Overall (not having heard of other than the Osram recall), it would so far seem like all suppliers have a so far decent but temporary lamp. One should plan on replacing them for longitivity, tax rebate, air conditioning loads and the RGBW LED's are getting better every year. Soon the cost of three cans gelled say RGB will be about the same price. But we already have the cans or can get them used for like $25.00 each. For the cost of 300 hour lamps, the LED will pay for themselves in a few years.

Also for the most part LED fixtures are a little more rugged than the standard rock and roll can - so less maintenance. Remember how much work cans are?

On Aluminum cans:
-Lamp sockets going bad and taking out the lamp.
-New lamp socket installed, but the bad lamp put back into it or another fixture.
-Wiring melting down especially on factory thermoplastic whips if they touch the can. Short?
-Bad ground terminals or rivets.
-Tape with what lamp is in it burnt into the yoke.
-Yoke mount and clutch cam rivets coming loose & especially on cheaper cans it ovaling out the hole making it impossible to replace or re-mount the hardware.
-Yoke clutch cam problems in general & the yoke knob rusting/stripped. If not pivot plate mounts stripping.
-Gel frame mounts loose / bent. Gel Frame latches fouled up.
-Yokes easily bent especially if on a lamp bar. (Not often solved by the new fixtures.)
-Paint chipping/steel parts rusting.
-The dings
-Dependant on wattage only two or three per circuit
-Always having to spin the bottle.
-Always having to change the bottle.

On steel cans:
-Mostly the same as above except dings and dents harder to fix especially in a heat baffle.
-Not just paint gone but rust to deal with going under the paint.
-Gel Frame brackets and retainer clips welded in harder to replace/repair but just as easy to bend up.
-Lamp cap hoods not fitting well short of slapping shut at best at times.
-Latches for the hood getting weak.
-Ibid especially on stripped yoke mounts, gel frame assembly problems, wiring/base issues etc.

On the fence about LED PAR's having installed some recently. More about the approach to their use in replacing normal design = stuff like Leko's, Fresnels, Scoops etc. My schooling is for at least normal as if old school theater. A PAR can is not any of the above, it is another type of light that can be very useful. It can be used for design and for intended purpose, It is not a replacement unless you have to use it to fill in for in lacking other gear. Been there, done that a lot when I was designing. Also though times when a PAR was the perfect light for it's use in design.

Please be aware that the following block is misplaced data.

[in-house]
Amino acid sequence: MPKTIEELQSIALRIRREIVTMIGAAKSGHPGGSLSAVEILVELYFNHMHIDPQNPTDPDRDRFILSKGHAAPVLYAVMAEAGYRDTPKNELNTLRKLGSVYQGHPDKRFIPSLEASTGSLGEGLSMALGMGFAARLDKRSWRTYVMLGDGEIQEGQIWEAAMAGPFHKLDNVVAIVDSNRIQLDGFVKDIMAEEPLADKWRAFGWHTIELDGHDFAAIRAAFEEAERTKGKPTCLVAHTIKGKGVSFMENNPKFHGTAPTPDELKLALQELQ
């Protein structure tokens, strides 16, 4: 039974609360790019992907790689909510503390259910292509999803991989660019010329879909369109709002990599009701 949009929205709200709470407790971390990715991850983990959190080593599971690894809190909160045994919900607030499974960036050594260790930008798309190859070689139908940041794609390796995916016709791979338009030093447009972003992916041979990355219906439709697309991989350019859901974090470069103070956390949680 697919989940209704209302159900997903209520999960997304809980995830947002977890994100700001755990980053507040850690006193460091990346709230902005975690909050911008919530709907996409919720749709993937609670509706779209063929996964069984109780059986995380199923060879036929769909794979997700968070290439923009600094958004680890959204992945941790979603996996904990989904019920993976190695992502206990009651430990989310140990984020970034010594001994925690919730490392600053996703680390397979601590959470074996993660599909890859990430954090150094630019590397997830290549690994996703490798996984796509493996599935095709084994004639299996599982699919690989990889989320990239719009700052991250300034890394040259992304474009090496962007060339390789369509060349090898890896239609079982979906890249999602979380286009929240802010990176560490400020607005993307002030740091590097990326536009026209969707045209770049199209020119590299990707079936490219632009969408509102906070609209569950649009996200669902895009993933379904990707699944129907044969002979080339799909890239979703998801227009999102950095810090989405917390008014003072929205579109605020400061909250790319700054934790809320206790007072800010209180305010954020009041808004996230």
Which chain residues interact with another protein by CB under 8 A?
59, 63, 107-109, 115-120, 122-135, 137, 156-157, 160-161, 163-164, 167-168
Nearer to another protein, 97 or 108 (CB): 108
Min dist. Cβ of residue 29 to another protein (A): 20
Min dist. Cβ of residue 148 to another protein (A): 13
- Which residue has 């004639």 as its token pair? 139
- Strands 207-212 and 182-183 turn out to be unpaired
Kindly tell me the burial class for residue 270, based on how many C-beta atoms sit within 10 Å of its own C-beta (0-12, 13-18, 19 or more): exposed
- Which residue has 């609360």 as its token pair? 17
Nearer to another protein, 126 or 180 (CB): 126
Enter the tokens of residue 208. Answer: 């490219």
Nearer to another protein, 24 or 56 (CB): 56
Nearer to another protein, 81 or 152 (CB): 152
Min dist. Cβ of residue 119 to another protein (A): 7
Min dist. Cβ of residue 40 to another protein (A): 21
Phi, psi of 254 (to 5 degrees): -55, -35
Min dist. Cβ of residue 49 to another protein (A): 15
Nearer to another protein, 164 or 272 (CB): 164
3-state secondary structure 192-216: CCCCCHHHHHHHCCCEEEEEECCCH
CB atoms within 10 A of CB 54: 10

My fear is the LED PAR is in a few fixtures replacing the multitude of lighting paint brushes in fewer fixtures and positions sold in doing so. As if back to the 1920's in a few RGB PAR fixtures from the front of house - at least color changing and variable focus in exchange for perhaps less fixtures from different angles, and let's replace your current strip lights with some LED strip lights... Just get rid of the dimmers all together and say in a good budget... 8 LED PAR's and say 8 LED strips to do it all. My fear in also spending more time on the light board learning it than in learning the lights.

If I'm up on your FOH catwalk measuring out 48" on center to munt your six LED PAR's, and move what I need to between some DJ sources and Leko's or Fresnels... this so as to get poer and data jumper's to the lights installed... It does not say anything about lighting design, just in focus says wash. Luckily in the last instance they had normal lights pre-hung and I didn't screw up the plot much. Granted the lights they had were 40 years old at best.. and probably have never really been serviced, but most still work in the intended rep. plot for the stage. In other locations, they didn't have lights before, so what we did was useful, just not thatrical.

PAR can is not a Leko or Fresnel, scoop or other light. Plan to replace the PAR can, but not for replacement of normal fixtures. The PAR can is a paint brush and one of many fixtures to use. At times it can be useful to upgrade or continue using them in limited use, but by far better perhaps is to take care of or replace the primary lights used. If in theater it's the Leko's and Fresnels, if in say a venue' perhaps the movers. Take care of what you have in budget, and or first budget to replace them while mainting.

Overall for me, the PAR 64 and in general PAR lamp has become very small in subject - bairly above my notice. I have enough lamps to sustain until we go LED and the shows using them are looking towards doing that. Onto care of other more important fixtures until we change for those shows still using them.